We have a fiber optic instrument that shines just like regular white light and we capture the reflection of the color, and we can see through a spectrometer broken down in each wavelength rather than the eye which has only three receptors, the eye sees blue, green, and red.

Blue, green, and red are amazing colors because we have color vision essentially by seeing these three colors. This instrument instead has hundreds of receptors so we can really get a very complex picture that gives us the fingerprint of a certain color. We can tell whether it’s Indigo or Prussian Blue.

So what we discovered was how those two pigments were mixed which makes the printing more complex, time consuming, and ultimately more expensive, if you see that the publisher chose to go through this route and created something that clearly has more added value, more artistic quality. Then, this is not a normal print, and I think that that is an important statement to make because it says something about the time that was done and what people wanted and it gets a bit more complex. You can imagine that landscapes are important to those who love to travel. And that’s normal for us. We don’t even think about it. You have a landscape in front of you and say, oh I would like to visit the place or I visited that place. I think about older times like special feudal society when they were not allowed to travel and could not just pick up and go with money; but also needing to be authorized by their local sovereign lord. You could not just go somewhere else and not work for him.

So what we see in Japan in Tokyo is that people had a little bit more money and

people started traveling. So maybe it’s a pilgrimage. Maybe it’s going to a famous sanctuary or famous art place. So if you’re a person of means you travel and you commission a painting that shows a famous place.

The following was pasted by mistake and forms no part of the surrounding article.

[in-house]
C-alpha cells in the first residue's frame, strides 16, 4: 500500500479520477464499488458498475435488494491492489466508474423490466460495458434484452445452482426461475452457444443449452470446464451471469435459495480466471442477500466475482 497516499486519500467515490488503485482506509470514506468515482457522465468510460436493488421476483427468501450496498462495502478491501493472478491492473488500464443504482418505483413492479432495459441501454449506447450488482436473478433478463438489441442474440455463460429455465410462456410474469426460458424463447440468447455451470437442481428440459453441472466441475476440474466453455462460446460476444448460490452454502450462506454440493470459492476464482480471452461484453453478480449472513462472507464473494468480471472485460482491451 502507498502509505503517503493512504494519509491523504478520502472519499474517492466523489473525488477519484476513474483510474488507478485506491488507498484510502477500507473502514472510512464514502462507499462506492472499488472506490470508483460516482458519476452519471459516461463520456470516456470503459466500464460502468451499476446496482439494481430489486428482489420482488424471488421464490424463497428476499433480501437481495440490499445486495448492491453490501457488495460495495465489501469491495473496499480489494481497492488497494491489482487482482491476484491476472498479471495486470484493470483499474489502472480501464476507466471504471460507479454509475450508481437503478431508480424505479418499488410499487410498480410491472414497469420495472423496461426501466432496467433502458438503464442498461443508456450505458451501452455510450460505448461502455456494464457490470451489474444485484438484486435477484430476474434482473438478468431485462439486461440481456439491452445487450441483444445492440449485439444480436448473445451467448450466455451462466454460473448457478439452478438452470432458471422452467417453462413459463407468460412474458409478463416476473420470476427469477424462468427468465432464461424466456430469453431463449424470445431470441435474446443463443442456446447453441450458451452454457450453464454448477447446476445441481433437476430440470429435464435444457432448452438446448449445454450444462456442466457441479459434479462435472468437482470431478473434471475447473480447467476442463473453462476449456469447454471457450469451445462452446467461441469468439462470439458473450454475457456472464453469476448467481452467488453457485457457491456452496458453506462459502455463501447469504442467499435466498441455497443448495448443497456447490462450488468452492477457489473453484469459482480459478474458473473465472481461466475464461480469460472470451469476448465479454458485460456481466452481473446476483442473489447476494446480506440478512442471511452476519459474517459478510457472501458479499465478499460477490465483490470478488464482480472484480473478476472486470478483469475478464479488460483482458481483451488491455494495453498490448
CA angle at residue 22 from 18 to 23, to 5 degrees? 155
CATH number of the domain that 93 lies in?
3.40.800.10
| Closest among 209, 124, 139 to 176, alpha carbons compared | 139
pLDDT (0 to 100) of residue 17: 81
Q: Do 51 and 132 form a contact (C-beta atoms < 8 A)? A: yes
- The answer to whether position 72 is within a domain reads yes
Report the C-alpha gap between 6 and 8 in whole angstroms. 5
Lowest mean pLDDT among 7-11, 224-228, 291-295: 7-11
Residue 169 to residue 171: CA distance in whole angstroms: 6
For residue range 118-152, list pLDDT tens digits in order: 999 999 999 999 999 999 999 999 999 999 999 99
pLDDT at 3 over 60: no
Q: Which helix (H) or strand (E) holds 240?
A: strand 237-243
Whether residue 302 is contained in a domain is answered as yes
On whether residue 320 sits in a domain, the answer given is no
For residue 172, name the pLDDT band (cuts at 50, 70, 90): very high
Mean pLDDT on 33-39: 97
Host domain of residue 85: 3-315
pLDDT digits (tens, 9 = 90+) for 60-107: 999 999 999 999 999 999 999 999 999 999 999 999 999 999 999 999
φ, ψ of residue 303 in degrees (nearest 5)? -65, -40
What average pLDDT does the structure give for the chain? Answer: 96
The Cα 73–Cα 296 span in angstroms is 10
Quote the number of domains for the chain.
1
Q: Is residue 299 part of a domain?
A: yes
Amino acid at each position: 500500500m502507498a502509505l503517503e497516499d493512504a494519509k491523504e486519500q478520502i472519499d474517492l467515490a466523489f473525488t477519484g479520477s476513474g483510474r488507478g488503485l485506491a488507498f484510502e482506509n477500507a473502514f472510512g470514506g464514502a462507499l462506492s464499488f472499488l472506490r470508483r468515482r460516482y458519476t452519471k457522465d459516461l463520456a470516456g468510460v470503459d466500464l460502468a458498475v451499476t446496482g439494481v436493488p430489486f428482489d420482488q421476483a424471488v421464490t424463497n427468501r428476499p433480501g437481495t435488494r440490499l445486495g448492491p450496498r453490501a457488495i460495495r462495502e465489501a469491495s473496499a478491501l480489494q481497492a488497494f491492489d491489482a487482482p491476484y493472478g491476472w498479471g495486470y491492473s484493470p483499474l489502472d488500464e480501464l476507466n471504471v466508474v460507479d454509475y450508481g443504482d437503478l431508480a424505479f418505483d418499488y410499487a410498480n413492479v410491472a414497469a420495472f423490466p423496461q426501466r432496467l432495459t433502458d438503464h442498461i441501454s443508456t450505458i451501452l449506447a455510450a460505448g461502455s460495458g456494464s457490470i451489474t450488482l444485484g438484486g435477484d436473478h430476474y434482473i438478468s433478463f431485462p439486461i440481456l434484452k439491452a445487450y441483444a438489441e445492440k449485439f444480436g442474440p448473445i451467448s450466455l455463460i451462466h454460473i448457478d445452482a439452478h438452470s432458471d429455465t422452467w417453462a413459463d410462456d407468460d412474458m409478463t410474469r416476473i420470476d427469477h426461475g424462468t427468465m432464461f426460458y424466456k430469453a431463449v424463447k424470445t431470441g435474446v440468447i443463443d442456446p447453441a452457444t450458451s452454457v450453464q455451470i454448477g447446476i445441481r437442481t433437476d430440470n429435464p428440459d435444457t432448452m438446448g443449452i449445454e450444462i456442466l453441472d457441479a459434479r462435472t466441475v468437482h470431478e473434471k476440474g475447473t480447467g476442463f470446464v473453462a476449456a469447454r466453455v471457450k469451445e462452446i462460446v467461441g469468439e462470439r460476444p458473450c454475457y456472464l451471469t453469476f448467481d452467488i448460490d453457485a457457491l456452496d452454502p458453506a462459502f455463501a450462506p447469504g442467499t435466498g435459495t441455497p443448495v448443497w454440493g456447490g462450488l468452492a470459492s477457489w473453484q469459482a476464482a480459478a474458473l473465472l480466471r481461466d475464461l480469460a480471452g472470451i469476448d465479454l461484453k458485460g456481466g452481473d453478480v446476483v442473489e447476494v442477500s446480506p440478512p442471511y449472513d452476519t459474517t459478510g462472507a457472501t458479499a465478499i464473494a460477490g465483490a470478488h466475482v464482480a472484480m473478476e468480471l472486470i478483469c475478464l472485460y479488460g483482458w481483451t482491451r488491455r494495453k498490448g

If your personal means are less you may buy a print and maybe still travel so the print could be a souvenir. If you’re somebody who cannot travel at least you can afford the print because now you see the landscapes around you. There is always a correlation of what you see in paintings and what you need to make that painting.

Before the 1820’s (The Great Wave is from 1830s) you cannot find landscape prints in Japan.

Quite simply because they didn’t have a blue color that you can use for print that would give you the bright blue of the sky and the deep blue of the ocean. All they had was indigo, which is the color of blue jeans, a bit of a dull color. It doesn’t really work. If you make it really concentrated it comes out a dull grey-blue.

If you want to you can make it a little like the blue sky but it won’t be the real blue sky and so at some point Prussian blue from Europe arrived in Japan. And that’s about 1820 the moment it arrives you have landscape prints. This is not a coincidence.

We traced the use of colors which is the very basic step into looking at a piece of art with the curators or art historians. We then join in and so it’s a little bit of a forensic conversation, a little bit of art historical background. We go in through a step-by-step approach using not the eyes but microscopes, for non-invasive analysis as well as x-ray laser based infrared tools.

Have you ever come across a forgery?

We generally don’t comment on forgeries and similar issues. There are other issues which are not outright forgeries, but it’s where a piece has been restored and and so a part is not original and some of them could be historical and some could be very new. So it’s more about deciding which one stays and which one goes. I know it’s a very fascinating topic, but I am sure there are actually less forgeries than you think. We haven’t seen many those. We also have the opposite which is when we have an object that may be classified as a reproduction or a copy and with true analysis we can tell that it’s actually the real thing. That’s far more exciting because instead of condemning something you can actually bring it back from obscurity.

What do you think of the art world right now during Covid-19? What has the impact been as far as you see?

I can tell you only what I know about-that it is certainly a crisis.